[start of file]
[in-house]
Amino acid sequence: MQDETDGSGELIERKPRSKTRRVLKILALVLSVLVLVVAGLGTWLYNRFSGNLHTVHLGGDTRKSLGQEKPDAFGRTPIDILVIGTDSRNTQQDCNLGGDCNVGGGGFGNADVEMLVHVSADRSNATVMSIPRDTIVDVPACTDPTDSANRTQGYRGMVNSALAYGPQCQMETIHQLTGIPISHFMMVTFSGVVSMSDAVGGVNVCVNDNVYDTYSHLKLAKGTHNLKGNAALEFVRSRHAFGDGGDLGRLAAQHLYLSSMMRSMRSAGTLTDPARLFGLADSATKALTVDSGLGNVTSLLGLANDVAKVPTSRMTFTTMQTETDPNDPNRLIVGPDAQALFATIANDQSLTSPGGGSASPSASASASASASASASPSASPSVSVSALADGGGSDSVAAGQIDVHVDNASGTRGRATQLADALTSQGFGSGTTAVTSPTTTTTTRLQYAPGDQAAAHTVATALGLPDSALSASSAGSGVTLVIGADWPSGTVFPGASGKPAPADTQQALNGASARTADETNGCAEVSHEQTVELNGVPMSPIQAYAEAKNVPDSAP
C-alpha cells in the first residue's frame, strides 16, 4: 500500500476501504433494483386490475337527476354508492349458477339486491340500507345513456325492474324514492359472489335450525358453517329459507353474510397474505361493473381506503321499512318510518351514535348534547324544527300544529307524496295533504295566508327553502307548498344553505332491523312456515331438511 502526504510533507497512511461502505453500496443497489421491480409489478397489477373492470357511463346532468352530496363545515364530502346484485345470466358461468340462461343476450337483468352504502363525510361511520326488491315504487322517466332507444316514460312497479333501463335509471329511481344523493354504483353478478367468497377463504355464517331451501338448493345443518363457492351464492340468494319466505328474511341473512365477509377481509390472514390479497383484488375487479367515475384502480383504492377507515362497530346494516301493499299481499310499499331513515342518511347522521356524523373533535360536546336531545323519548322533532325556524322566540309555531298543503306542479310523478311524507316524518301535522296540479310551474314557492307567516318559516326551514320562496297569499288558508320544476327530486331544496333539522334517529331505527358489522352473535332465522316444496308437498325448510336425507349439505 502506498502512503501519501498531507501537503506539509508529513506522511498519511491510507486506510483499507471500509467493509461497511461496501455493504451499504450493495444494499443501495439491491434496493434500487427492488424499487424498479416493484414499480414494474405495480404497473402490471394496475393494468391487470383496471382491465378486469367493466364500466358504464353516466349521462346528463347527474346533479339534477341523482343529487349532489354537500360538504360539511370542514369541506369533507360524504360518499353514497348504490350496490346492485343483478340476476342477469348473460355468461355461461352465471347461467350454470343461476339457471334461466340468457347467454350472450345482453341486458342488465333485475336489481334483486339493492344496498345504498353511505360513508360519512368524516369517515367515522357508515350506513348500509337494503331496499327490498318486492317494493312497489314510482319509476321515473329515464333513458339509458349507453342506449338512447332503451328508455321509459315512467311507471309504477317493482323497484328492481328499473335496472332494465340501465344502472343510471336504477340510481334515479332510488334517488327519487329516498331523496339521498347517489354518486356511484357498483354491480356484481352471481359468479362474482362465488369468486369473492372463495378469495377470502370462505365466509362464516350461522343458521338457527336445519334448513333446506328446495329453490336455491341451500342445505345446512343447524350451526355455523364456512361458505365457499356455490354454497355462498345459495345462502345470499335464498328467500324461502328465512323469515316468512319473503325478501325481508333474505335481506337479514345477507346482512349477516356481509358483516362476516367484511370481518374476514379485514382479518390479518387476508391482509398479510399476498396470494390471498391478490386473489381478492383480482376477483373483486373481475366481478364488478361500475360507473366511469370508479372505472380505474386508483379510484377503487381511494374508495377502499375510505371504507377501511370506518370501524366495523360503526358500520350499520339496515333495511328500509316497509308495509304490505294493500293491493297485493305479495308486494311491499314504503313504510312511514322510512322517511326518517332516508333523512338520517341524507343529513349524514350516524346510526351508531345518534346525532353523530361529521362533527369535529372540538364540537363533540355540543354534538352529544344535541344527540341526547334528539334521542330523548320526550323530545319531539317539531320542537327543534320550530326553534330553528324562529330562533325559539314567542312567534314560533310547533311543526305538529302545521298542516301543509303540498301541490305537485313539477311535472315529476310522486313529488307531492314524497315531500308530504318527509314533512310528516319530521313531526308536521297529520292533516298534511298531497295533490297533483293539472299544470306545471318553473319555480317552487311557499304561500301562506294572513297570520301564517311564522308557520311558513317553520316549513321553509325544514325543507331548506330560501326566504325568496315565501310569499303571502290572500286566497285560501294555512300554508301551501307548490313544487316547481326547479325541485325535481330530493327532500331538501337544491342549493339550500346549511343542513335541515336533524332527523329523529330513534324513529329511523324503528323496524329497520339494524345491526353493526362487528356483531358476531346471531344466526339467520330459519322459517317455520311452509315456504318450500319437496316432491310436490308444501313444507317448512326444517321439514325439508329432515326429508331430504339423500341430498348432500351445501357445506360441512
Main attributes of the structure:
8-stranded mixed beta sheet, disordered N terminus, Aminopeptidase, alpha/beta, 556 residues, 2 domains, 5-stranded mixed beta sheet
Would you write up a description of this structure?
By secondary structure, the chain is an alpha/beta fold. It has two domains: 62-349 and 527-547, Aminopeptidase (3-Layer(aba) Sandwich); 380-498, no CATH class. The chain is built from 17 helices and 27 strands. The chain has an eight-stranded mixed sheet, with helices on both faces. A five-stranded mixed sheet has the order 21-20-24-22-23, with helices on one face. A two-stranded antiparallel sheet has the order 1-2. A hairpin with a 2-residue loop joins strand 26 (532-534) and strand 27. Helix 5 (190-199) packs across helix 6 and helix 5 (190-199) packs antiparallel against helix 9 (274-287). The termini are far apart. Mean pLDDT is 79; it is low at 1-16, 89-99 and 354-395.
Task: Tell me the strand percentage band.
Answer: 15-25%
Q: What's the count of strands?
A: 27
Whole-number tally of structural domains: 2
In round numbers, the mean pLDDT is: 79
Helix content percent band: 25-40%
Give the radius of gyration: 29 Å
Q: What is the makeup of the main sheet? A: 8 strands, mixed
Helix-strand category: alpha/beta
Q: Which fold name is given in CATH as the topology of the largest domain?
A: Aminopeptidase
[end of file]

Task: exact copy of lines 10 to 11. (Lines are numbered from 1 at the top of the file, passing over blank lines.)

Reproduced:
Q: What's the count of strands?
A: 27